Danza Negra

Danza Negra

The following poem is a rhythmic song that’s going to be a really fun piece.  First, we are going to learn how to sing the song or poem using a certain cadence.  Second, we will read the poem in that manner.  Following this, you can read my translation.  In translating the poem, I employed my beginner level Spanish skills as well as a heavy dose of artistic license. We will discuss my word choices and interpretation and your preferences in the commentary.  Lastly, there’s a word about what I know of the origins of the poem and my perspective on the subject.

Okay!  Here’s how the read the poem:  As you read the lines in a rhythmic cadence, the bold text marks the syllable that gets the stress.  The syllables in the middle are often squished together as in, “Es el sol de hierro q’arde’n Tombuc”.  So watch out for that.  I put an asterisk (*) where I’m not sure how it’s read exactly.  Other than that, after you get the rhythm, it should be pretty easy.

Let’s try a verse:

Cala y bam.

Bam y cala.

El Gran Cocoroco dice: tu-cu-.

La Gran Cocoroca dice: to-co-.

Es el sol de hierro que arde en Tombuc.

Es la danza negra de Fernando o.*

El cerdo en el fango gruñe: pru-pru-prú.

El sapo en la charca sueña: cro-cro-cró.

Cala y bam.

Bam y cala.

Great!  Now let’s do the whole thing.

***

Danza Negra

Calabó y bambú.

Bambú y calabó.

El Gran Cocoroco dice: tu-cu-tú.

La Gran Cocoroca dice: to-co-tó.

Es el sol de hierro que arde en Tombuctú.

Es la danza negra de Fernando Póo.

El cerdo en el fango gruñe: pru-pru-prú.

El sapo en la charca sueña: cro-cro-cró.

Calabó y bambú.

Bambú y calabó.

Rompen los junjunes en furiosa ú.

Los gongos trepidan con profunda ó.

Es la raza negra que ondulando va

en el ritmo gordo del mariyandá.

Llegan los botucos a la fiesta ya.

Danza que te danza la negra se da.

Calabó y bambú.

Bambú y calabó.

El Gran Cocoroco dice: tu-cu-tú.

La Gran Cocoroca dice: to-co-tó.

Pasan tierras rojas, islas de betún.

Haití, Martinica, Congo, Camerún;

las papiamentosas antillas del ron

y las patualesas islas del volcán,

que en el grave son

del canto se dan.

Calabó y bambú.

Bambú y calabó.

Es el sol de hierro que arde en Tombuctú.

Es la danza negra de Fernando Póo.

El alma africana que vibrando está

en el ritmo gordo del mariyandá.

Calabó y bambú.

Bambú y calabó.

El Gran Cocoroco dice: tu-cu-tú.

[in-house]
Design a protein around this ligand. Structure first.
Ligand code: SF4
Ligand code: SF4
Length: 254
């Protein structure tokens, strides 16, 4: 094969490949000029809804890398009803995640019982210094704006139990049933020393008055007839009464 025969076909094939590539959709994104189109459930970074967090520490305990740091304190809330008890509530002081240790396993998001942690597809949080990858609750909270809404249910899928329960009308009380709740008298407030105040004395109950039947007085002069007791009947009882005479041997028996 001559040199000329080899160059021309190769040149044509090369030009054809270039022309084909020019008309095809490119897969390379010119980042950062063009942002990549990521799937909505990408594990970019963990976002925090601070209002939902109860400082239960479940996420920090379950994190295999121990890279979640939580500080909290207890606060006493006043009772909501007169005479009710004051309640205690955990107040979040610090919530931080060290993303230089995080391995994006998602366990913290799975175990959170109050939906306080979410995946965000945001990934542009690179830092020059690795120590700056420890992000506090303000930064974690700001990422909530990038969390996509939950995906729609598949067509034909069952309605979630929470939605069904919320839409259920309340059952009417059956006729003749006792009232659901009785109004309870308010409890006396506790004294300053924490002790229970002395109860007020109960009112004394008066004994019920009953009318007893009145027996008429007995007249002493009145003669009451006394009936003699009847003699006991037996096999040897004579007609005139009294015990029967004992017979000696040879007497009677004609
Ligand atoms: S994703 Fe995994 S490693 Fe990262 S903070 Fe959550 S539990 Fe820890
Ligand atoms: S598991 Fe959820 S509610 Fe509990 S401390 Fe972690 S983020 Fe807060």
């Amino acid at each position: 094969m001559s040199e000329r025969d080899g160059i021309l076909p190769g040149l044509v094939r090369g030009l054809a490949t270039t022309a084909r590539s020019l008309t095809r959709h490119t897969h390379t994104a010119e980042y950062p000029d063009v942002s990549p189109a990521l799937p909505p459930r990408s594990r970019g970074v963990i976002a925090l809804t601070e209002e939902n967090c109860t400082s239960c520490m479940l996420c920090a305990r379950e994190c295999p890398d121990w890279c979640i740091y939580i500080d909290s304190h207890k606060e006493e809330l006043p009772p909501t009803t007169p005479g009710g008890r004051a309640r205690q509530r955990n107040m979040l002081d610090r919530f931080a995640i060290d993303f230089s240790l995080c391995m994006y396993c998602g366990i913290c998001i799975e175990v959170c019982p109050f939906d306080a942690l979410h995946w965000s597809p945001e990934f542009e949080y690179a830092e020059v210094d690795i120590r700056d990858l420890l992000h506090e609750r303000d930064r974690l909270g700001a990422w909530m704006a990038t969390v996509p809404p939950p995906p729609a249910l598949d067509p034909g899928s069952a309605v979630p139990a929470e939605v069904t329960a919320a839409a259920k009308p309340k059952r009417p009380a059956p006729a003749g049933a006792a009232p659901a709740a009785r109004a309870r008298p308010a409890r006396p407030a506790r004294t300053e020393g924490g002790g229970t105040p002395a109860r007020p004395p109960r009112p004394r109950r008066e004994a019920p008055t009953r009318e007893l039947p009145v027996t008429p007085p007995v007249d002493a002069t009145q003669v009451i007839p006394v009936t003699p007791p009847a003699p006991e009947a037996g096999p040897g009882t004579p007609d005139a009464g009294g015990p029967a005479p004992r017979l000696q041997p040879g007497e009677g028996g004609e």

La Gran Cocoroca dice: to-co-tó.

***

Jail and Cane

Cane and Jail

The boss man says: tu-cu-tú

The boss lady says:  to-co-tó

It’s the sun of irons that burns in Timbuktu (Mali)

It’s the black dance of Fernando Póo.

The swine in the mud grumbles: pru-pru-prú

The stuffed-shirted toad in the pool dreams: cro-cro-cró

Jail and cane

Cane and jail

Beat those that gather in furious ú (ultimar – final, to kill, ultraje – outrage)

The gongs vibrate with profound ó

It’s the Black race that, undulating, goes in the fat rhythm of Mariyandá.

The big bosses gather at the party already.

Dance what you’ll dance, the black he gives.

Jail and Cane.

Cane and Jail.

The boss man says: tu-cu-tú.

The boss lady says: to-co-tó.

They pass the red lands, isles of tar.

Haiti, Martinique, Congo, Cameroon;

The Papiamento-speaking Antilles of rum

And the Patois-speaking Isles of the volcano

How burdened they are with the song they give.

Jail and Cane

Cane and Jail

It’s the sun of irons that burns in Timbuktu (Mali)

It’s the black dance of Fernando Póo.

The African soul is vibrating

In the fat rhythm of Mariyandá.

Jail and Cane

Cane and Jail

The big boss says: tu-cu-tú

The lady boss says: to-co-tó

***

As the Spanish experts out there can tell, I’ve slanted the interpretation toward the more political usages of the words in the poem.  Calabó and bamboo are supposedly types of wood found in Africa and/or the Carribean and their selection could be purely cultural or for rhythmic effect but I believe that their use as terms of oppression fit better than neutral terms for mere musical aesthetic.  The term calaboose is an old term in English for jail (calabo in Spanish) and I believe that bamboo in this sense probably refers to its use in administering punishment to those in the calaboose.  Now that you know where I’m going with this, you can guess why I chose to interpret the poem the way I did.

The poem uses onomatopoeia and made up words called jitanjáfora to establish a beat. I don’t believe that they are meaningless words however; I think they reference a few things that add to the message. I came up with some good words for what I think the dangling syllables (, , prú, ó, etc.) allude to but only wrote down the juicy one(s).